Campus Minister Evan Young facilitating interfaith reflection and dialogue with students after service project with Monday Creek Restoration Project in New Straitsville.
Dear Friends of UCM,
For as long as I’ve served here at UCM, I have also served other organizations–either as the part-time minister of the Unitarian Universalist Fellowship of Athens, or as an intern minister at the First Unitarian Universalist Society of Marietta. And while I’ve loved my involvement with congregational ministry, while I treasure all I’ve experienced and learned in those settings, I also have to acknowledge that this bi-vocational path I’ve been on comes with a cost I’m simply no longer willing to pay.
It’s been a trying, demanding, challenging semester at Ohio University, a semester that’s called me to rooms and to tables and to conversations I’ve needed to be in, and where others have needed me. Many of you know about Megan Marzec, Student Senate, the “blood bucket” video, and the ensuing conversation on campus about Israel, Palestine, and justice. (For those who don’t, I wrote a blog post about it for the Interfaith Youth Core–read it at www.ifyc.org/content/cultivate-peace.) Many of you probably remember the People’s Climate March in New York City, and you might know that I went there with a busload of students UCM helped to organize. Most of you know what’s going on now about Mike Brown and Ferguson and Eric Garner and John Crawford and Tamir Rice and all the seemingly endless examples that are showing us how entrenched institutional racism continues to be, and some of you know how students on this campus are coming together to respond to that.
As a campus minister, especially one serving a progressive interfaith campus ministry like UCM, I’m called to show up and to speak out at times like these. And I have. At the same time I’m called to be there for our interns, to be there for the people who come to Thursday Supper and Saturday Lunch, to be there for students who come to us for help with their own personal challenges and crises as well as their social justice concerns. And I’m called to work with and be in relationship with university faculty, staff, and administrators as we work together to shape the future of this institution. It’s a full-time job at minimum–and, when I’m doing it the way I’m called, much more than that.
But I’m only a half-time campus minister. With another part-time ministry, with its own full slate of committee meetings, staff reports, pastoral care concerns, and administrative tasks. With its own expectations about which conferences I should attend, what organizations I should join, and how I should lead. Those expectations are legitimate and important and deserve everything I can give them. And, actually, more than I can give.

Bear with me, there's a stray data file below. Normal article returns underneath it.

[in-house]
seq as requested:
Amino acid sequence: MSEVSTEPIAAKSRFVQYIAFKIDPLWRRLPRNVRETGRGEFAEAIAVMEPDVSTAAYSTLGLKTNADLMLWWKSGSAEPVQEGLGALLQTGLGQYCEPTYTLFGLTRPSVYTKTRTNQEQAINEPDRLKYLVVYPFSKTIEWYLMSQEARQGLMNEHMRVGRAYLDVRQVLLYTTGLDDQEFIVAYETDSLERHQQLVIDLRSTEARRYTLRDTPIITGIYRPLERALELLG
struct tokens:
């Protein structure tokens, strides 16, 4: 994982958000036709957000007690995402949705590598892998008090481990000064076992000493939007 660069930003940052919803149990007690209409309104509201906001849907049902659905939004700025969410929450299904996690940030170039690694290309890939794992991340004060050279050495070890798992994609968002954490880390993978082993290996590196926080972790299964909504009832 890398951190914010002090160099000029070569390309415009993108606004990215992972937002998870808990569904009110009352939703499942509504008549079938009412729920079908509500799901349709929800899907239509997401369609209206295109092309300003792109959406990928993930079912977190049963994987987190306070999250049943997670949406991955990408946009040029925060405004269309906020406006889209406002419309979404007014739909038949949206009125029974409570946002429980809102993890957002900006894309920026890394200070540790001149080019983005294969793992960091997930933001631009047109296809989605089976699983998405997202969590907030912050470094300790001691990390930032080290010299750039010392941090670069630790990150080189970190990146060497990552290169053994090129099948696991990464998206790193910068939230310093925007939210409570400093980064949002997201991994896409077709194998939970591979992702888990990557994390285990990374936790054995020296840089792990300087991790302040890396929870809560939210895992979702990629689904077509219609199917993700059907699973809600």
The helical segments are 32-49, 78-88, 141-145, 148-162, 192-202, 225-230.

So, in this Christmas season, I have a wish. And UCM has a wish. And we’re bringing that wish to you, because you can help.
My wish is to be, for once, ONE THING. I want to be a campus minister, through and through, and I want to serve United Campus Ministry with everything I have to give. Over the nine years I’ve been here, it’s become absolutely clear to me that this is what I’m for, this is where I’m meant to be, doing this. So when my intern ministry ends on June 1, 2015, my wish is to be UCM’s full-time campus minister.
UCM’s wish, in this challenging and demanding time, is to be even more the campus ministry Ohio University needs. To continue to be at the forefront of work for social justice, but to have an even louder voice, an even greater impact, to change even more students through our interfaith bridge-building and community service work. And this semester more than ever, it’s become absolutely clear that a key piece of our being more is, well, having more–more time, more presence, more service–of our campus minister.
Which brings us to you. Because embracing this larger vision of UCM is a leap of faith we need you to take with us. I’ve been blessed to be able to do this work because you’ve believed in the mission and ministry of UCM. Now, when I’m about to be able to commit even more to this work, and when UCM is committed to being and becoming more the ministry that’s needed here, we need more–more of you (meaning more donors), and more from you (meaning more financial support from each of you).
You have it in your power to grant these wishes. You received this letter because you believe in what UCM does. So think about how much you’d believe in UCM doing more—and give accordingly. And then, share this letter, and your own stories and wishes about UCM, with someone you know who doesn’t know about us. Help them to connect with us and with our work, and give them the opportunity to join us on this leap of faith. And remember—UCM is a registered 501(C)(3) non-profit organization. Your contributions are tax-deductible and will do more than simply finance operating, facilities, and programming expenses. They’ll help make our wishes come true.
With warm Season’s Greetings from the whole UCM family, and with all best wishes for the New Year–
Rev. Evan Young, Campus Minister